Rear Admiral Grace Murray Hopper was the first woman to earn a Ph.D. in mathematics from Yale, pioneered computer programming languages, discovered the first computer “bug,” and retired as the Navy’s highest ranking, longest-serving female officer in history. They even named a naval destroyer after her.
Students in grades 3 – 5 learn how alphanumeric symbols can be encoded for many fun purposes. In the first of two sessions, they learn about codes by making their own with a limited number of symbols. They then attempt to break each other’s codes and discover the relationship among encryption, decryption, and shared keys.
At Carnegie Mellon University, students are learning to thwart cyber attacks by becoming “white hat hackers” – ethical computer sleuths searching for and fixing security gaps before the bad guys can exploit them.
They clean floors, deliver drinks, fetch like puppies, even tell jokes. But can personal robots improve engineering education?
James McLurkin, an assistant professor of computer science at Rice University, certainly thinks so. And no wonder. The pioneer of swarming robotics has seen his bagel-size ’bot transform an introductory engineering course into an unabashedly fun way to convey circuits, mechanics, and other core concepts.
Tags: ASEE Prism, Computer Engineering, Computer Science, Curriculum, engineering education, James McLurkin, programming, r-one, Rice University, Robotics, robots in education, STEM education, swarmbots, VEX
Celebrate Computer Science Education Week from December 8 to 14, 2014, with a host of classroom activities and events designed to inspire the next generation of inventors and programmers. Want to get more girls interested? Code.org kicks off the week with a tutorial featuring Anna and Elsa from the Disney hit Frozen.
Kick off the week by organizing an Hour of Code. Join 1.5 million people from around the world in creating fun, hands-on sessions that ignite interest and open opportunities in the wonderful world of computing.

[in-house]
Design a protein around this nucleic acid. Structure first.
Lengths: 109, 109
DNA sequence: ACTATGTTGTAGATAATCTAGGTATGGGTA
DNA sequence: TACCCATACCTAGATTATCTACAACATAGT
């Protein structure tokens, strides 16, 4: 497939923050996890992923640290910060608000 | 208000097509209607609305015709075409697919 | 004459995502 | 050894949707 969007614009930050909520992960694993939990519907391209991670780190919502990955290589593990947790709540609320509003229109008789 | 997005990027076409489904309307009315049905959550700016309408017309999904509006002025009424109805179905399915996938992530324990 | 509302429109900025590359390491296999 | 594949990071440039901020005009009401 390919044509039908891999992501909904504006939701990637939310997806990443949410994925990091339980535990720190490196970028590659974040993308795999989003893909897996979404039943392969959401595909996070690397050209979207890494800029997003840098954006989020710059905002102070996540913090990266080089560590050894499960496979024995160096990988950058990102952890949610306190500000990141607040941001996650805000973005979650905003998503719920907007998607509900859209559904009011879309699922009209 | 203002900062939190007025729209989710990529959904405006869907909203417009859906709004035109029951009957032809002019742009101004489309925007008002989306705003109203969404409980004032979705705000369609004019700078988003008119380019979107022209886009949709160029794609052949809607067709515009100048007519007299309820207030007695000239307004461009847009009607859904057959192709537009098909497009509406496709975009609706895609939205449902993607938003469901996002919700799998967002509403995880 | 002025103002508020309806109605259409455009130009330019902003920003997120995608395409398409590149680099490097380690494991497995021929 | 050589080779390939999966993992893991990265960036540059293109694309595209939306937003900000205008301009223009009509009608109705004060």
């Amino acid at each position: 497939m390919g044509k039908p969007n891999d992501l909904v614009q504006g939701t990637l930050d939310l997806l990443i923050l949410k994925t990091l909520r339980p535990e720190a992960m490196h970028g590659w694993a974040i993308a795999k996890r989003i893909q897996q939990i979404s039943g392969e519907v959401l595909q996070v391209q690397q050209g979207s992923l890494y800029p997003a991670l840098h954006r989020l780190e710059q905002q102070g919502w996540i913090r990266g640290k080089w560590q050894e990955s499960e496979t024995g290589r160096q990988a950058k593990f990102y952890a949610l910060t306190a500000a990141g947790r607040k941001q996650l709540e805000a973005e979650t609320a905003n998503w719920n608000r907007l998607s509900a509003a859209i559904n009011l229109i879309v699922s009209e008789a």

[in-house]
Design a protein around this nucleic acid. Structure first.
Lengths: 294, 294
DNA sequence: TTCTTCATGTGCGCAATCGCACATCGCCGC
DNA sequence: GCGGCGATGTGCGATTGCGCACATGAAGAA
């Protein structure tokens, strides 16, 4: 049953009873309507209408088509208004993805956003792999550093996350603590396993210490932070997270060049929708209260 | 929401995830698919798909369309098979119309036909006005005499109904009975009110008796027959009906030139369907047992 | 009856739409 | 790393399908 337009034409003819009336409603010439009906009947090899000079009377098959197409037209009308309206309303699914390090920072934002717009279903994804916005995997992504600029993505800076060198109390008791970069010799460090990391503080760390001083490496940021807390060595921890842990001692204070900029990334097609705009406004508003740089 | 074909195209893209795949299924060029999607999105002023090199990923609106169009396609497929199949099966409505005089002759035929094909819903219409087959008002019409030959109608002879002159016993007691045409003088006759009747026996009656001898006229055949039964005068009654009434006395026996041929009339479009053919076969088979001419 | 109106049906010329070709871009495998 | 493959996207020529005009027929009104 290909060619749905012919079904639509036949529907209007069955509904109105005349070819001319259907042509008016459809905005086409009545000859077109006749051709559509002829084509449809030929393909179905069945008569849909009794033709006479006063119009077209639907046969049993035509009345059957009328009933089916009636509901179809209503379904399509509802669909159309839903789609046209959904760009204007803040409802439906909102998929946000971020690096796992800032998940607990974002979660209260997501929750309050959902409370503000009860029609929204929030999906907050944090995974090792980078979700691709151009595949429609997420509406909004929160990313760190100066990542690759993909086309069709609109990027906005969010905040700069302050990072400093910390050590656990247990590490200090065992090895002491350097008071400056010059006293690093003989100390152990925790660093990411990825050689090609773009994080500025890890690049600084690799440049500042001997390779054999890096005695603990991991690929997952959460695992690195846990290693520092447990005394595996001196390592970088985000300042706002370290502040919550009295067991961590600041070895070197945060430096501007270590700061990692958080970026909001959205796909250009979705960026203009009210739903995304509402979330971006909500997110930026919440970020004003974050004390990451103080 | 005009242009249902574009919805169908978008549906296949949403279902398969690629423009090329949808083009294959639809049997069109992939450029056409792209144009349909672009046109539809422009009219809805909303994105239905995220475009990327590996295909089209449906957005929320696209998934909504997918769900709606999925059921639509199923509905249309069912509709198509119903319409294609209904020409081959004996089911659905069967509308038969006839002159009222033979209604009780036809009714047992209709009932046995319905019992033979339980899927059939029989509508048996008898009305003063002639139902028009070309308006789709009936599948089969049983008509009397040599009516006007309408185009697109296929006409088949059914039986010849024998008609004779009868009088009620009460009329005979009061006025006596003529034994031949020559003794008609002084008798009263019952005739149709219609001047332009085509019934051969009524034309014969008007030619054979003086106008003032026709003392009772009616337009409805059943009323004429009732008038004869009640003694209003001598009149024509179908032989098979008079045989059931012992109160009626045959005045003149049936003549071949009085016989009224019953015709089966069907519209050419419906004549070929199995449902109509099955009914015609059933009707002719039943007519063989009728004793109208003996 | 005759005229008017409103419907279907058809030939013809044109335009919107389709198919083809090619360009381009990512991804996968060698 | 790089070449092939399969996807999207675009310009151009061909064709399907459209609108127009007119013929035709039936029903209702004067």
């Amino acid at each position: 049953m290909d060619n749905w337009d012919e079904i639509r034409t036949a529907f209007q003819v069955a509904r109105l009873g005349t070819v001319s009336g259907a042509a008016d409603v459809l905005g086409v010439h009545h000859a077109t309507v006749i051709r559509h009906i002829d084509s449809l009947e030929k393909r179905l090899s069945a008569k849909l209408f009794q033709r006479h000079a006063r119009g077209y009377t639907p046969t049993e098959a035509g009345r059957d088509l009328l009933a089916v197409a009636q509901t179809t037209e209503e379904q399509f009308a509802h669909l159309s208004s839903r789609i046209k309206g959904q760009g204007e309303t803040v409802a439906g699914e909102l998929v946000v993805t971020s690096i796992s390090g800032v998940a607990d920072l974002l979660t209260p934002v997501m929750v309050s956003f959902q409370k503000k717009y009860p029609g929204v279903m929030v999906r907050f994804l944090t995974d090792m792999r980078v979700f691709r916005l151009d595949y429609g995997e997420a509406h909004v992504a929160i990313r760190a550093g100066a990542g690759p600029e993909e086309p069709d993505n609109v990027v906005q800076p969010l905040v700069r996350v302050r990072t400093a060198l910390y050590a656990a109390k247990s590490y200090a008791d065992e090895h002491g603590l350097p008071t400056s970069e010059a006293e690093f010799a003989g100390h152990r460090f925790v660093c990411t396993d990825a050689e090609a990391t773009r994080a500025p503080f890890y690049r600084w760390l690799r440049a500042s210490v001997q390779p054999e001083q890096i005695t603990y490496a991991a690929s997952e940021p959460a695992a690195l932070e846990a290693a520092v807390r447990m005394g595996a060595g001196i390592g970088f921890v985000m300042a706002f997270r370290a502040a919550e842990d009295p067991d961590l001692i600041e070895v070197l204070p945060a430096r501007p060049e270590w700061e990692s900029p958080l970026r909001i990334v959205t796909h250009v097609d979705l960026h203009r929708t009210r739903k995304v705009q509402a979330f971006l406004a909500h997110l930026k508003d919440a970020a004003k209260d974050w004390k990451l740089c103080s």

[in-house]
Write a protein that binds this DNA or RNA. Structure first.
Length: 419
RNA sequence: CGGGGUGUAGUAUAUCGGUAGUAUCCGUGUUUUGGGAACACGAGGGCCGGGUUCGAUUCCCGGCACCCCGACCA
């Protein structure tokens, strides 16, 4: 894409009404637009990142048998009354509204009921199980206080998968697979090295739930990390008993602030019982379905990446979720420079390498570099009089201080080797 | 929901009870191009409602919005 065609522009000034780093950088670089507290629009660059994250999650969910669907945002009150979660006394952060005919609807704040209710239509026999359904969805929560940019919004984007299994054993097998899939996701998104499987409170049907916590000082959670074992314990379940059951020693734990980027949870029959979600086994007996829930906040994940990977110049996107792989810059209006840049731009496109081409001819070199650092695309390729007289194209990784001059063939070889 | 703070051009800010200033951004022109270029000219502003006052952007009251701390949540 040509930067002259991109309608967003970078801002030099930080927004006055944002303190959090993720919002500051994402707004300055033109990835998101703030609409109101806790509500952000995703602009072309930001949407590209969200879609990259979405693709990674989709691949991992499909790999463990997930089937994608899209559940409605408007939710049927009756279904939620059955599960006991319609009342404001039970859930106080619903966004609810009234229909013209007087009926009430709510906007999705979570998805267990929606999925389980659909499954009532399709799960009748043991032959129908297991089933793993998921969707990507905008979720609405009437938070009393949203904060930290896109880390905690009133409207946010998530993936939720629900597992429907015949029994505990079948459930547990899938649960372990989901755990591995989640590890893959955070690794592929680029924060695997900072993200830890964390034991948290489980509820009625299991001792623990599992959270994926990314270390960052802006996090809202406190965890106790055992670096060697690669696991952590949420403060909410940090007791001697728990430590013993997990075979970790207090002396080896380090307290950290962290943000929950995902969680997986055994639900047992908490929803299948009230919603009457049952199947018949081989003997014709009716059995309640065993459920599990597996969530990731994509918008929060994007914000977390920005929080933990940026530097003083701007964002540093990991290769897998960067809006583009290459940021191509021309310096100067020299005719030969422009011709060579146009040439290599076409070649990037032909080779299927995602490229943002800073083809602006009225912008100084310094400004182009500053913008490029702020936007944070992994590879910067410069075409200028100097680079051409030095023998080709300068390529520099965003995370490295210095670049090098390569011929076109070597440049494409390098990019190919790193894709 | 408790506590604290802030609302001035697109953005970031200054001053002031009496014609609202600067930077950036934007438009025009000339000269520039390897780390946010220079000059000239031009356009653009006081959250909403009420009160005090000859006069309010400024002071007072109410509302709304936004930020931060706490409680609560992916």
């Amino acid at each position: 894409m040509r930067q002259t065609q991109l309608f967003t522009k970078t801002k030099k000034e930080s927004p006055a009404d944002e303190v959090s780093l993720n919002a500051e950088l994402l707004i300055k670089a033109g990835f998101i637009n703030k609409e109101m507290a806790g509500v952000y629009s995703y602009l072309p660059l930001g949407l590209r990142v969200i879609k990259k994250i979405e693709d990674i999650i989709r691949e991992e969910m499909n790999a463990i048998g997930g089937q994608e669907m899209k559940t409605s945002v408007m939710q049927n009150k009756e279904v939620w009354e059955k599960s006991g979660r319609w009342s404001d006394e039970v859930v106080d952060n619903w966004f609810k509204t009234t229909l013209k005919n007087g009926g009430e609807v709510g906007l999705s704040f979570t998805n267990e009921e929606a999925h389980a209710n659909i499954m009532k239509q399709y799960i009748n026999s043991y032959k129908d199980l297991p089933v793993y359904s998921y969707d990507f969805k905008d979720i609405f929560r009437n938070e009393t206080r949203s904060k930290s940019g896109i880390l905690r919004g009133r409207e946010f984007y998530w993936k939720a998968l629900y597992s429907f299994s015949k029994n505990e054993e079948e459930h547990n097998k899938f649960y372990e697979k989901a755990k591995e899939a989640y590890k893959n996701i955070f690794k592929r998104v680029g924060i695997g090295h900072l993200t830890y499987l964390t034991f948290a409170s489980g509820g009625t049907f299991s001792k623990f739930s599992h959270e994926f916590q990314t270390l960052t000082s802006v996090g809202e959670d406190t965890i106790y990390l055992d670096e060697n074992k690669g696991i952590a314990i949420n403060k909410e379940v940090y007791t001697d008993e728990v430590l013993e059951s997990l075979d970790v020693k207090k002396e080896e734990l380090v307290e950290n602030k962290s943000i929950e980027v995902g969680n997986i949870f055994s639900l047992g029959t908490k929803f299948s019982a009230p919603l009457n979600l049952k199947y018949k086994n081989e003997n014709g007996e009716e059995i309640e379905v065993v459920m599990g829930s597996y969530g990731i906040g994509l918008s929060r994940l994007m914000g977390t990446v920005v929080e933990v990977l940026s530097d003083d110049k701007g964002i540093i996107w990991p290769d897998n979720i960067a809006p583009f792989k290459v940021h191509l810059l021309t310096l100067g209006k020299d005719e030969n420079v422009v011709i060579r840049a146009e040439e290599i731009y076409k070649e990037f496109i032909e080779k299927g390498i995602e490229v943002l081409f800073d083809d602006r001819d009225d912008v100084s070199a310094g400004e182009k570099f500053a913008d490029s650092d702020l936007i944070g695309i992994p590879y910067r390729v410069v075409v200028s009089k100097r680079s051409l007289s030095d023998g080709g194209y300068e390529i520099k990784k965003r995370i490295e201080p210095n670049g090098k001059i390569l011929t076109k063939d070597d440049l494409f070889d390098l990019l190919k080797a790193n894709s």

To encourage more schools to teach computer science, the nonprofit Code.org has launched Code Studio — a set of tools, lesson plans, and curriculum to help students in kindergarten through high school explore the underlying concepts behind coding. The site includes a dashboard for teachers to monitor their students’ progress.
Computing is all around us, from movies to manufacturing to marketing. But only a handful of Americans learn how computers work or can create software, websites, or applications. Computer Science Education Week (December 9-15, 2013) aims to change that equation. This year’s effort: an Hour of Code that organizers hope will engage 10 million students.
To help teachers and students as young as six explore the rewarding fields of computer science and engineering, eGFI has compiled this list of activities, free online courses, computer animations, and other resources.
Tags: apps, Class Activities, code.org, Computer Engineering, Computer Programming, Computer Science, Grades 6-8, Grades 9-12, Grades K-5, Internet Resources, Khan Academy, Lesson Plans, MIT, Resources for Teachers, software engineering, Web Resources
Do your students enjoy gaming? Harness their interest – and boost their STEM learning – with the Got Game design contest sponsored by STEMFuse.The competition is open to students in grades 5 – 12.